Do we need to remind you what a bad year Nissan has had? Fraud scandals involving some of its top officials, freefalling profits, 10,000 jobs to be cut around the world, cars being dropped from the lineup.
In the U.S., Nissan will even suspend operations for two days in January (and no one will be paid) and significantly reduce employees’ expense accounts in the latest attempt to save money.
- Also: A Greater Driving Range with the 2019 Nissan LEAF PLUS
- Also: Nissan Canada Announces Pricing for the Longer-range LEAF PLUS
Over here, the situation doesn’t appear to be as dire. “There is no (cost-saving) plan in motion for Canada. It’s business as usual,” a Nissan Canada PR manager told The Car Guide.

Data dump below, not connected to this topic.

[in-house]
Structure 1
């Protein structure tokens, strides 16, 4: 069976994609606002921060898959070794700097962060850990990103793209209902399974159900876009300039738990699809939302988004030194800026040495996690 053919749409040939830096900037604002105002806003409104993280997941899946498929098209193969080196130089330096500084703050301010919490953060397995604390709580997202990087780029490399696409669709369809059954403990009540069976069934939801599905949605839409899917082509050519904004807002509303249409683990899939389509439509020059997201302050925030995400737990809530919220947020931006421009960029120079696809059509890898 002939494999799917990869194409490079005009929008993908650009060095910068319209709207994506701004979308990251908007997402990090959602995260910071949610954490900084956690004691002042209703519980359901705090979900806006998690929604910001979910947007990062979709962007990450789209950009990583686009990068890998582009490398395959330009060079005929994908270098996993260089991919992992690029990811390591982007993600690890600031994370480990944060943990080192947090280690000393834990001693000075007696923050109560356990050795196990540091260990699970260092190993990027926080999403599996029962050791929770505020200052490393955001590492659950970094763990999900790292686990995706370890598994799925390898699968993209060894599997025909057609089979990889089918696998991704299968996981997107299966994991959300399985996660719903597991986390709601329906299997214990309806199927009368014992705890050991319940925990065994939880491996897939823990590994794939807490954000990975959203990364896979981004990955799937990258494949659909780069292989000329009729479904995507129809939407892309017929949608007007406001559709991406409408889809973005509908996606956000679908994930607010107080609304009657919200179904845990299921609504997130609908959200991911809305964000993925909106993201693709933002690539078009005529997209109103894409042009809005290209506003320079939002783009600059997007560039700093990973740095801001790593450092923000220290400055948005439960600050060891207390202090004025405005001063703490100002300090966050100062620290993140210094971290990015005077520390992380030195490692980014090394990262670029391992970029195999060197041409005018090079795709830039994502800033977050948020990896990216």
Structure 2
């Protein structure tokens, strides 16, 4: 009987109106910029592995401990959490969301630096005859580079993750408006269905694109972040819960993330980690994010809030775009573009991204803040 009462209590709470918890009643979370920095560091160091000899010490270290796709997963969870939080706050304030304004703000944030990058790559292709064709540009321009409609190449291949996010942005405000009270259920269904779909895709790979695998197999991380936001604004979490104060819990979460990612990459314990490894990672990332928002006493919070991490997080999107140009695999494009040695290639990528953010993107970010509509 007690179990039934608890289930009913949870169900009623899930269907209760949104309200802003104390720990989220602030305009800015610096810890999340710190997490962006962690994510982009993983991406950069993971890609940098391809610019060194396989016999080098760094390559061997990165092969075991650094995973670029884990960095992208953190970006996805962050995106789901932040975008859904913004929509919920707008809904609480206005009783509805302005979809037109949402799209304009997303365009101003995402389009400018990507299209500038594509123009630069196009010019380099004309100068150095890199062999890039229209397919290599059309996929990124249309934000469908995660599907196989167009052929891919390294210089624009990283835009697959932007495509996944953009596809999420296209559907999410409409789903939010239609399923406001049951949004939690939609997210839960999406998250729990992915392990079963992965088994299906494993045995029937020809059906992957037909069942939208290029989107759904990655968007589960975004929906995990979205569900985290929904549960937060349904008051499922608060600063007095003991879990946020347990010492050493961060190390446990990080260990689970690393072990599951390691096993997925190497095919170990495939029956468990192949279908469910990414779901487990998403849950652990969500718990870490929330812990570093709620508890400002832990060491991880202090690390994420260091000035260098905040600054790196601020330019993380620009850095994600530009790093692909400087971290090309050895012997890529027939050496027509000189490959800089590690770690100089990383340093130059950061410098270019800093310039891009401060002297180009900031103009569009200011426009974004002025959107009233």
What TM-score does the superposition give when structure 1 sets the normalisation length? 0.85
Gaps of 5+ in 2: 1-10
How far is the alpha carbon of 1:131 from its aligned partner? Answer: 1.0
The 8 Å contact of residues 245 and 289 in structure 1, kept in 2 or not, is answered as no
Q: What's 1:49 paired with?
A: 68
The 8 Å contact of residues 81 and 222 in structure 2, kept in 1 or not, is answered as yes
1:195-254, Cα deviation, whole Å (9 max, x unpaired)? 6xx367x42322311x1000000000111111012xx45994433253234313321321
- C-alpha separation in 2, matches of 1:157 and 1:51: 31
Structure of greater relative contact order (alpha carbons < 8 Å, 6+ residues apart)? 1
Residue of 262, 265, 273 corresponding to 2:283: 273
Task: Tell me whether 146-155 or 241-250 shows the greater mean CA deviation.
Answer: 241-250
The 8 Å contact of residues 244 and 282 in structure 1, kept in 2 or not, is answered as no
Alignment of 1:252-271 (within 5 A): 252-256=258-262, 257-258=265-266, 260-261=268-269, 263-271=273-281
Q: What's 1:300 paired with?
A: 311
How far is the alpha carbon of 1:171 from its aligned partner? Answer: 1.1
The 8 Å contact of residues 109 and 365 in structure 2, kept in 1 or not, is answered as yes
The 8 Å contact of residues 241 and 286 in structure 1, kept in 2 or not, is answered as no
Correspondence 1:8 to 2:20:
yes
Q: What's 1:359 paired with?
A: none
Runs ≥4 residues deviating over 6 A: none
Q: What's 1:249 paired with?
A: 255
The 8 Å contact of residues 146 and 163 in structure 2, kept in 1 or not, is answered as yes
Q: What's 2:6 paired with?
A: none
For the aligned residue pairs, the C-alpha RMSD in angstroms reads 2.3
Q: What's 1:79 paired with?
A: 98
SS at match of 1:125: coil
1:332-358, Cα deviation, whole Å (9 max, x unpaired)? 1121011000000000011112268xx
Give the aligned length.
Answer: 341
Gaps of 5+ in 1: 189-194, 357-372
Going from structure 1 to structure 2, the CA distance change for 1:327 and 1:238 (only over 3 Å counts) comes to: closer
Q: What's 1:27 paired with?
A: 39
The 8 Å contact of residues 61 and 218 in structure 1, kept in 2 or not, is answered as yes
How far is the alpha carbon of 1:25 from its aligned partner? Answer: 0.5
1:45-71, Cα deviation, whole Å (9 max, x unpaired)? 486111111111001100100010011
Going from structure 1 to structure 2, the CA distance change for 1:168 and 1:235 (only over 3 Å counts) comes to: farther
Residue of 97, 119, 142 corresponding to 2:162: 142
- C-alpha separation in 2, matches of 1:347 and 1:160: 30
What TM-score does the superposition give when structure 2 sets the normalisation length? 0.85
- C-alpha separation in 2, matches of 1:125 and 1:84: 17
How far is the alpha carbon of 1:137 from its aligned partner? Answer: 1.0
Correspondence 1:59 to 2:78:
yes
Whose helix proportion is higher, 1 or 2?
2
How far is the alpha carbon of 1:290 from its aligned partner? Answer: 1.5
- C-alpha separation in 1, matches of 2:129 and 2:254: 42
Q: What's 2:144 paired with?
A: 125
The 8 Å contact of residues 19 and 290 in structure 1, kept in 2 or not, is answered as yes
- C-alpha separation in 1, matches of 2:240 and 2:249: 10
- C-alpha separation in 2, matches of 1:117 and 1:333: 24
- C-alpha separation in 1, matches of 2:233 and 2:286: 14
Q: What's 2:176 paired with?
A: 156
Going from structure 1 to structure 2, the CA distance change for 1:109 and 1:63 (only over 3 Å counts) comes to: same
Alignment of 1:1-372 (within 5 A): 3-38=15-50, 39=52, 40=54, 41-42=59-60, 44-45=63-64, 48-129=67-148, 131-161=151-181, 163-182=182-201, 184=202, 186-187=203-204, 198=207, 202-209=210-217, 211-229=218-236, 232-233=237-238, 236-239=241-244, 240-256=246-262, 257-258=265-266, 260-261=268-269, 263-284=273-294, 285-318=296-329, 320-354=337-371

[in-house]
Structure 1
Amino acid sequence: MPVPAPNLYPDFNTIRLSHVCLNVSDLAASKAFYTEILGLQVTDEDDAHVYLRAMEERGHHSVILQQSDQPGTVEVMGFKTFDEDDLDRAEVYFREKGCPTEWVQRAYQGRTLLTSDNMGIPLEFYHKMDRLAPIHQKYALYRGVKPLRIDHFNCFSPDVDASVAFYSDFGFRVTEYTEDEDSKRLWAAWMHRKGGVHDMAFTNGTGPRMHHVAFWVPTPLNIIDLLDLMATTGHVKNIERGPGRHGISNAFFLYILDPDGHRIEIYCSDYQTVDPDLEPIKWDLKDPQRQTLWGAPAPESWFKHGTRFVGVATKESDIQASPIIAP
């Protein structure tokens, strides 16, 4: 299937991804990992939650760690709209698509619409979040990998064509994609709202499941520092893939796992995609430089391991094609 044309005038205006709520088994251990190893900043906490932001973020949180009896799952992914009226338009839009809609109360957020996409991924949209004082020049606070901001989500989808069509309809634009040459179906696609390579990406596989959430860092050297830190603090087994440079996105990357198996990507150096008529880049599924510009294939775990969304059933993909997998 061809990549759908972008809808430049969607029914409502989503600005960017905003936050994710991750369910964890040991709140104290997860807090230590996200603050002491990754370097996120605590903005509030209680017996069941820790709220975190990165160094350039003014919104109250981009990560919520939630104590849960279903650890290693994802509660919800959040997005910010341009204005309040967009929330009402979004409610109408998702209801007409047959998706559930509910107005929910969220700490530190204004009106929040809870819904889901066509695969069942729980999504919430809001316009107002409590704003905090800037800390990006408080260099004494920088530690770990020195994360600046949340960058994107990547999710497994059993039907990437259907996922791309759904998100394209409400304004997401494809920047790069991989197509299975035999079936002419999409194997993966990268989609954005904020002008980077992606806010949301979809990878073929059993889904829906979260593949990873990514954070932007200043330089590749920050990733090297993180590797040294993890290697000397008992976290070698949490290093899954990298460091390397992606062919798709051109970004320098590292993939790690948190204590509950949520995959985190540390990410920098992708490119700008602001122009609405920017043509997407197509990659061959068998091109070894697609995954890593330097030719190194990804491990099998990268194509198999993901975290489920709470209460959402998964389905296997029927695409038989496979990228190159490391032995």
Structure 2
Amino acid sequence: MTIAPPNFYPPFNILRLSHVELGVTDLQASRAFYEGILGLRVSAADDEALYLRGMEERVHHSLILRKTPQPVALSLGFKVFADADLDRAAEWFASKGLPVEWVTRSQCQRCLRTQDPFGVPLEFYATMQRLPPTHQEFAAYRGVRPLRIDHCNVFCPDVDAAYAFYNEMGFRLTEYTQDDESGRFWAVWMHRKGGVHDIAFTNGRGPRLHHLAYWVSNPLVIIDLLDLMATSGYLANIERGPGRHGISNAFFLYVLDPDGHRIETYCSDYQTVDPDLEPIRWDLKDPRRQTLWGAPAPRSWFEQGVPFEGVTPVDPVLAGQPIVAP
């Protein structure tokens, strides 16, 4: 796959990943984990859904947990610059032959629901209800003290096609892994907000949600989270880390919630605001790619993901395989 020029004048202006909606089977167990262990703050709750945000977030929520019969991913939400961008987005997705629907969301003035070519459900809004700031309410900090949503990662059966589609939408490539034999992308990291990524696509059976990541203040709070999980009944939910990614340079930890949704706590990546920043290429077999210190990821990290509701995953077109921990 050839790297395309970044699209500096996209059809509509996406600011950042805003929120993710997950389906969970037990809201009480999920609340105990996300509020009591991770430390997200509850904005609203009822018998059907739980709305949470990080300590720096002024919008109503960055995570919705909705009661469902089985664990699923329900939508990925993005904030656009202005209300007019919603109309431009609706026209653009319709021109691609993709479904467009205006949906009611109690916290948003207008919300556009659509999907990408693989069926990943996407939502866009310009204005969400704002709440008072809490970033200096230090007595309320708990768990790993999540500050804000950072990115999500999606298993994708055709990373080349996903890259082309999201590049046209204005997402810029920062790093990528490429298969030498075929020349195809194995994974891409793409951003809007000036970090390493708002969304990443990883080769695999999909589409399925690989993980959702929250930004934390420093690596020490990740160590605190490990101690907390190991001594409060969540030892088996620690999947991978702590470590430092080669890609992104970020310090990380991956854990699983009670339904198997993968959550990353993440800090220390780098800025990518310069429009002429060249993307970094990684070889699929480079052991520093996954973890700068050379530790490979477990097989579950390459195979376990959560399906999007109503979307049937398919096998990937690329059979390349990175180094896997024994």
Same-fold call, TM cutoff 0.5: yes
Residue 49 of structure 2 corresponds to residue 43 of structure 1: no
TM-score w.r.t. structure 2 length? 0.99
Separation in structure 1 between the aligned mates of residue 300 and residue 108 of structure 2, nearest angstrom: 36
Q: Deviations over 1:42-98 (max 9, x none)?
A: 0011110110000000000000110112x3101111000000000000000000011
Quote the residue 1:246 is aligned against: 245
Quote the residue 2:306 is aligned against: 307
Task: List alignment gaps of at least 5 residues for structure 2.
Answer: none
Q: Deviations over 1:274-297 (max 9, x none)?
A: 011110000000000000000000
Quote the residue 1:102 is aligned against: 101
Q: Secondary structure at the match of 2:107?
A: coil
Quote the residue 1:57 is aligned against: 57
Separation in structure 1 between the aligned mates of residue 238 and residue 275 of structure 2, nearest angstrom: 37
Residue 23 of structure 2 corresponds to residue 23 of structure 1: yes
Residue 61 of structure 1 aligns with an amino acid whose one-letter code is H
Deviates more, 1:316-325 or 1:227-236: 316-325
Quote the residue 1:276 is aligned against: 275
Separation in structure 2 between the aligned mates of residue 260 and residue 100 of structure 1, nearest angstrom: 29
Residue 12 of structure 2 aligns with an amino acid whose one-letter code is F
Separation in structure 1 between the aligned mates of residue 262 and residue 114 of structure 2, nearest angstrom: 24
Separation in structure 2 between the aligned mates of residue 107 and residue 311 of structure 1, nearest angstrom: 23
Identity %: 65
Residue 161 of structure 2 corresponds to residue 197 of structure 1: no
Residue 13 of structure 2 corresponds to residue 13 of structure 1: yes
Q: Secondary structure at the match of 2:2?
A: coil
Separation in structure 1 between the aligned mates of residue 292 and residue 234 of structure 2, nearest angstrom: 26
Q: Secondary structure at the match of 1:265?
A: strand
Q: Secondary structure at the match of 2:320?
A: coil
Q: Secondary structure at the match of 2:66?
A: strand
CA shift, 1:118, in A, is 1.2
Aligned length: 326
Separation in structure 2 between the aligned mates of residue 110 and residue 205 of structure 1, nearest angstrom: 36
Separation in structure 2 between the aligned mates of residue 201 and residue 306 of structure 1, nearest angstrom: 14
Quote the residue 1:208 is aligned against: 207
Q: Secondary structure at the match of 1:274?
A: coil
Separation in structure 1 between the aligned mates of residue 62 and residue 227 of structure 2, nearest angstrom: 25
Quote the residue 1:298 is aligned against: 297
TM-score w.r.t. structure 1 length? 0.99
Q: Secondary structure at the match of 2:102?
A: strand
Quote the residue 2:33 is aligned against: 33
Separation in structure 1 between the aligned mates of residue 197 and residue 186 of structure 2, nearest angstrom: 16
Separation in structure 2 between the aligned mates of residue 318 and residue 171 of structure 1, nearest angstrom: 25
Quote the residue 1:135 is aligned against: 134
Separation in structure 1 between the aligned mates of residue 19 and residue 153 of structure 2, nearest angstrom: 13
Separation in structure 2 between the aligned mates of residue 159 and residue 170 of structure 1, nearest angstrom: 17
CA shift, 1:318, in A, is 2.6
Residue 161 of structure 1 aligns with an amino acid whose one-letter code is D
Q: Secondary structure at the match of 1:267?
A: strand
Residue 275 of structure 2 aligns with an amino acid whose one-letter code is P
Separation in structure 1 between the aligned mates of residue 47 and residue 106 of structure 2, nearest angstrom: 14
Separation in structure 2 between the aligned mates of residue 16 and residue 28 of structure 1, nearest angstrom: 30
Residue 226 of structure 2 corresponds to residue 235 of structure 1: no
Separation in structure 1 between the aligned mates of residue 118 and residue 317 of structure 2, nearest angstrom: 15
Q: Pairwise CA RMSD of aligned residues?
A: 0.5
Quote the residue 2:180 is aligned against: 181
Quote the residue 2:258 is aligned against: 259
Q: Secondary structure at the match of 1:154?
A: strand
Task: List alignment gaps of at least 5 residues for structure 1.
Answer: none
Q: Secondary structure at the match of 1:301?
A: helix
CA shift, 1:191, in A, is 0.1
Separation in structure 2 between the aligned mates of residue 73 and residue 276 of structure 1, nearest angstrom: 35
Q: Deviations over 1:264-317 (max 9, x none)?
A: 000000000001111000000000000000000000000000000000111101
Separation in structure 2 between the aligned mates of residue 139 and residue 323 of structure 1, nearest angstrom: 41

Perhaps in a secret effort to boost morale as the holiday season approaches, the automaker has unveiled a special and festive Nissan LEAF fully decked out in Christmas lights powered by the car’s energy recuperation system (a.k.a. regenerative braking).
The latter kicks in when you release the throttle, via Nissan’s e-Pedal technology, or when you depress the conventional brake pedal.
Did you know the average Nissan LEAF driver regenerates 744 kWh of energy if they drive 18,000 kilometres a year? That’s enough energy to power up:
- 266 Christmas trees with 700 incandescent lights for a full hour;
- 297 ovens for one hour to cook Christmas dinners;
- 744 televisions for five hours to watch holiday movies;
- 10,783 houses with 1,000 LED lights for five hours.
Learn more about the e-Pedal technology and regenerative braking.